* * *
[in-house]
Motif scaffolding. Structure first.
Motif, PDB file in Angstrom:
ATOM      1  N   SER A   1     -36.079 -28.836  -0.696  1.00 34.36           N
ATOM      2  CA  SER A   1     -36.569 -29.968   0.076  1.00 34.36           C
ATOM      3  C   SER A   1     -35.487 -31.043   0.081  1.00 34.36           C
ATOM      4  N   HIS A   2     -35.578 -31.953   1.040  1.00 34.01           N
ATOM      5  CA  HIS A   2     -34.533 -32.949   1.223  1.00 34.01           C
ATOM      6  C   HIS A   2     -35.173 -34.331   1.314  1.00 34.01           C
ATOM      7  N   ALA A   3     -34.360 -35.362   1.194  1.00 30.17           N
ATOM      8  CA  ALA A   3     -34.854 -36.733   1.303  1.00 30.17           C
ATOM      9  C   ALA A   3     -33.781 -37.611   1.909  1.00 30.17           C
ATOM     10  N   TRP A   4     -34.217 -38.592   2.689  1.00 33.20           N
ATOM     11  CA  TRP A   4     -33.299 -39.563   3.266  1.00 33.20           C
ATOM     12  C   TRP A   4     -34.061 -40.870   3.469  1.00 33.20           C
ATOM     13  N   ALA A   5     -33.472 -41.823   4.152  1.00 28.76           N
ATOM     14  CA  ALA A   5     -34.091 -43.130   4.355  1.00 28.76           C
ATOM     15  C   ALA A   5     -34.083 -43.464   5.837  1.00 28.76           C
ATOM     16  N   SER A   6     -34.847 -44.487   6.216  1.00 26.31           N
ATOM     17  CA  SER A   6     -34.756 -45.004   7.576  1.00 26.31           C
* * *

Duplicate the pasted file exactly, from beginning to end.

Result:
[in-house]
Motif scaffolding. Structure first.
Motif, PDB file in Angstrom:
ATOM      1  N   SER A   1     -36.079 -28.836  -0.696  1.00 34.36           N
ATOM      2  CA  SER A   1     -36.569 -29.968   0.076  1.00 34.36           C
ATOM      3  C   SER A   1     -35.487 -31.043   0.081  1.00 34.36           C
ATOM      4  N   HIS A   2     -35.578 -31.953   1.040  1.00 34.01           N
ATOM      5  CA  HIS A   2     -34.533 -32.949   1.223  1.00 34.01           C
ATOM      6  C   HIS A   2     -35.173 -34.331   1.314  1.00 34.01           C
ATOM      7  N   ALA A   3     -34.360 -35.362   1.194  1.00 30.17           N
ATOM      8  CA  ALA A   3     -34.854 -36.733   1.303  1.00 30.17           C
ATOM      9  C   ALA A   3     -33.781 -37.611   1.909  1.00 30.17           C
ATOM     10  N   TRP A   4     -34.217 -38.592   2.689  1.00 33.20           N
ATOM     11  CA  TRP A   4     -33.299 -39.563   3.266  1.00 33.20           C
ATOM     12  C   TRP A   4     -34.061 -40.870   3.469  1.00 33.20           C
ATOM     13  N   ALA A   5     -33.472 -41.823   4.152  1.00 28.76           N
ATOM     14  CA  ALA A   5     -34.091 -43.130   4.355  1.00 28.76           C
ATOM     15  C   ALA A   5     -34.083 -43.464   5.837  1.00 28.76           C
ATOM     16  N   SER A   6     -34.847 -44.487   6.216  1.00 26.31           N
ATOM     17  CA  SER A   6     -34.756 -45.004   7.576  1.00 26.31           C